Return to the scene
As I pawed behind the pre-washed salad greens and aging Belgian endive, I came across the last of my unopened meds: 75 IU vials of Gonal-F and Repronex, two each. Since the expiration dates were coming up fast, I figured I should do something quickly, so I called the IVF coordinator at Dr. FYC's office and asked if she had any patients in the next couple of weeks whose insurance didn't cover meds and could use them. Yes, indeedy--she could use them as soon as I could get them to her.
Instead of mailing them across the bay on ice, I figured I might as well just drive them over. So I loaded up the coolpack, remembered to haul along my used sharps container for disposal and headed to San Francisco this morning, the errand feeling much like any other errand on a busy workday.
I found a parking spot just outside, chucked an obscene change-to-minutes ratio into the meter and started striding up the hill to the entrance. After a few of these purposeful strides, I remembered that neither my lungs nor my limbs are still capable of striding. I slowed to an amble. And that gave me a few moments to think before the elevator deposited me on the fifth floor and I opened the office door.
Here's what I was thinking: Holy shit, I'm walking into an RE's office with a giant, boastful belly, fully displayed in a fitted tie-back blouse. I didn't even think to wear a bulky, camouflaging coat. I'm an asshole.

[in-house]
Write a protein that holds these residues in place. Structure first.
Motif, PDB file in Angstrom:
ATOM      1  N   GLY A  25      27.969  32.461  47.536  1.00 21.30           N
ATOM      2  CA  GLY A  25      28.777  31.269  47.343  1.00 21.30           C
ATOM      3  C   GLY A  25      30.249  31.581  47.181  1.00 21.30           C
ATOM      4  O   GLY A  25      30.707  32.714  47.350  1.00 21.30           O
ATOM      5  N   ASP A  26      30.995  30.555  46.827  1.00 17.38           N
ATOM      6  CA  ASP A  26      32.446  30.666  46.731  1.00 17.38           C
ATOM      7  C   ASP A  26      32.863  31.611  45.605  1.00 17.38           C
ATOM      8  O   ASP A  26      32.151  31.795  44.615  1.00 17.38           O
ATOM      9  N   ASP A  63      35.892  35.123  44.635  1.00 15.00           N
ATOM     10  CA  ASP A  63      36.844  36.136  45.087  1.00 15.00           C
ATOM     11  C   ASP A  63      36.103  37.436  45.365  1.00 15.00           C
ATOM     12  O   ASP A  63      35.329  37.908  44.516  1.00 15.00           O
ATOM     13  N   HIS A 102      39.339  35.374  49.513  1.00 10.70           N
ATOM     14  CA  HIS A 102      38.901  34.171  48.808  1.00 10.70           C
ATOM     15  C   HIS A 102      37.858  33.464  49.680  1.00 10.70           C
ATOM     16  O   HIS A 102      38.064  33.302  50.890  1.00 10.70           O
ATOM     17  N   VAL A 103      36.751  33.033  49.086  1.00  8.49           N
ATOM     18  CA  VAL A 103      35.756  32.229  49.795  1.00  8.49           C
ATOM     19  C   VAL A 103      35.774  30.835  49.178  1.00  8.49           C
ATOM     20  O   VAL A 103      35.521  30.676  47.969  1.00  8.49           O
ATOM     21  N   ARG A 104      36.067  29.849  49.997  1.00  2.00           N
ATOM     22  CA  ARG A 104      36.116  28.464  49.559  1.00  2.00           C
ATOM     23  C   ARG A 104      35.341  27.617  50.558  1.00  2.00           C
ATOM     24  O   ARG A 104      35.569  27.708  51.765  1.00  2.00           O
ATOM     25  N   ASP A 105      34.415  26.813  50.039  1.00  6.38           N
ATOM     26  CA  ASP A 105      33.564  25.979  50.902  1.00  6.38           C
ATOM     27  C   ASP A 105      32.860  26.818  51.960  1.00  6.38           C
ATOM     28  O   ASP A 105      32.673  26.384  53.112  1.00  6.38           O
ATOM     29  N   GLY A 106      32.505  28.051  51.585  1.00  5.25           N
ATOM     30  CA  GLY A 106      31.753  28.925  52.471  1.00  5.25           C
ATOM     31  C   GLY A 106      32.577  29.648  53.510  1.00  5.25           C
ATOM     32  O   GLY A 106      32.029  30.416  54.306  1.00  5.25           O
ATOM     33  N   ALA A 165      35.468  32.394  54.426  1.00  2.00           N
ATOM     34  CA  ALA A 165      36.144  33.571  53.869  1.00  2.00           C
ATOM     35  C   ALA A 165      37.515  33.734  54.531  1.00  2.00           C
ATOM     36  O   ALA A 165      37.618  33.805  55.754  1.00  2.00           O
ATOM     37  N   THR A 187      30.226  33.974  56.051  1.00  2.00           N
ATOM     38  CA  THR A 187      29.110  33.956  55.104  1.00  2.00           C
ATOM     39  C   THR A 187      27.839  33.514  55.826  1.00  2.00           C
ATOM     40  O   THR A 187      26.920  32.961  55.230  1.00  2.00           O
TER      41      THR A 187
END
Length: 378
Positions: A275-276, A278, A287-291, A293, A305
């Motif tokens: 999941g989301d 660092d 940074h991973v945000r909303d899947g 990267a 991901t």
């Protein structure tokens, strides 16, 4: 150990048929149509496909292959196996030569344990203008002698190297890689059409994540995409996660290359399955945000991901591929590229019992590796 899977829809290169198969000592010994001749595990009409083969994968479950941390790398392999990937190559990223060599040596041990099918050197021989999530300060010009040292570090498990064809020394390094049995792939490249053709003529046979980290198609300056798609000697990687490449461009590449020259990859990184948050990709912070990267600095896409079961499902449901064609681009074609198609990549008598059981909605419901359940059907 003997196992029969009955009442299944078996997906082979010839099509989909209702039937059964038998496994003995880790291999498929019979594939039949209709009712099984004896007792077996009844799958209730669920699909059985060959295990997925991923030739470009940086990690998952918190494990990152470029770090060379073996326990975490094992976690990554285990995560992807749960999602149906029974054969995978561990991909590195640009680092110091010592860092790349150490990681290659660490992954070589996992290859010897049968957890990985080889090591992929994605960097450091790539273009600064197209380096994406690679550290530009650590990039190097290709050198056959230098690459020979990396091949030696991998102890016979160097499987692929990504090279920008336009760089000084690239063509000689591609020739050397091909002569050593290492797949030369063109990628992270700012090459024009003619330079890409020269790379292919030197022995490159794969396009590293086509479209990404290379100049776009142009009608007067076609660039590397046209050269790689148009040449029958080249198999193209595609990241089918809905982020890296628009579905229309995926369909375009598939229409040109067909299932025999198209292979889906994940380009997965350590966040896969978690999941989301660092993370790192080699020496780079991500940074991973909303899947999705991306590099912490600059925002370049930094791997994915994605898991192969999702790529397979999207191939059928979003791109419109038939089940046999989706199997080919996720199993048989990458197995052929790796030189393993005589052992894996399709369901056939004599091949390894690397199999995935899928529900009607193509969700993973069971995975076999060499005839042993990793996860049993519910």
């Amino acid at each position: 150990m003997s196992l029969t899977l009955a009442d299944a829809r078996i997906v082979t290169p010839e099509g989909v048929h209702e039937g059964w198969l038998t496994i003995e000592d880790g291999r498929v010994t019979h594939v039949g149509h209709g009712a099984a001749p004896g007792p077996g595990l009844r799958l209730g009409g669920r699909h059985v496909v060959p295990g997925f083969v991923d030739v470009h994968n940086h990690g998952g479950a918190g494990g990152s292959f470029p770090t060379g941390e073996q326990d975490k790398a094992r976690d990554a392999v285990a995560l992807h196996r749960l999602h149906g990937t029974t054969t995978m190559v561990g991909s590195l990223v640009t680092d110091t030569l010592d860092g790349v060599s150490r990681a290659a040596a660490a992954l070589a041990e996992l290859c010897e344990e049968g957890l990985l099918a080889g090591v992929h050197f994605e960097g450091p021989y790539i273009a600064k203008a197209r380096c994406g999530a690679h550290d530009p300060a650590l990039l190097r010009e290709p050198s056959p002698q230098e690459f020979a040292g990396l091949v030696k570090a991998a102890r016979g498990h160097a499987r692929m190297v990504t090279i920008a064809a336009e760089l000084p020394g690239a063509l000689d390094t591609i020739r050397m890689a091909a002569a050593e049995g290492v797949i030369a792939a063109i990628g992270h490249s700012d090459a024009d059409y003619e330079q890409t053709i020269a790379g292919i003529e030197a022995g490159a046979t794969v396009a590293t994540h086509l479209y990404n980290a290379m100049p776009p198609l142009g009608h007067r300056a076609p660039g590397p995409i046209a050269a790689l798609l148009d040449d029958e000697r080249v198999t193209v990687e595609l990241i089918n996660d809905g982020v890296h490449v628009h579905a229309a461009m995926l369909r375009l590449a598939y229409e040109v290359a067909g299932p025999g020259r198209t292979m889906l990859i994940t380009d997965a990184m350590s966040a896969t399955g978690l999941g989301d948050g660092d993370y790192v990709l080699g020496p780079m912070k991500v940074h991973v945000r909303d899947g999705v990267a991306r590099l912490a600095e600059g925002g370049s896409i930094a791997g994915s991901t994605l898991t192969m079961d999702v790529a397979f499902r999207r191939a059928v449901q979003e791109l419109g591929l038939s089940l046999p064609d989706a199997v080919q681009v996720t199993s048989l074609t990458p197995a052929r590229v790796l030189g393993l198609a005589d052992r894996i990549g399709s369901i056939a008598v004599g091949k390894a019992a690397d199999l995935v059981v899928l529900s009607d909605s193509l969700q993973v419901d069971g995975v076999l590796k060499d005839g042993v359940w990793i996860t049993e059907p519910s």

But, of course, I had promised her the meds. And maybe, just maybe, whoever was in the lobby would be the recipient of big-belly's free drugs. So that's how I talked myself into surreptitiously opening the door and peeking my head around the corner.
Whew. The lobby was totally and completely empty: just me, the furniture and a shiny new espresso machine exuding a beautiful, beautiful smell. The two receptionists were behind the counter, chatting happily, and the IVF coordinator walked up just as I arrived. They oohed and ahhhed and said they couldn't believe how far along I was, and was she kicking much, and had we picked out a name. The receptionist who had an IVF baby while I was in the midst of my first failed cycle asked "if it felt real yet." They thanked me for the meds, said they'd love to see her when she gets here and would I mind waiting a minute while they fetched Dr. FYC so he could say hello?
So I waited in this emotionally-charged setting, forgetting my discomfort for a moment in a wave of some surreal nostalgia, till I heard the outside door open behind me. I froze. Felt like I'd been caught peeing in the men's bathroom or sneaking money from my father's wallet. I flushed, panic-stricken and mortified, and stared helplessly at the receptionists as two well-dressed thirty-something women walked up.
The receptionist with the IVF baby looked me in the eye and started laughing quietly. "Don't worry. They're just sales reps. But trust me, I know just how you feel--I felt that way every day I worked here when I was pregnant. I would have hated to see me and my belly if I were a patient."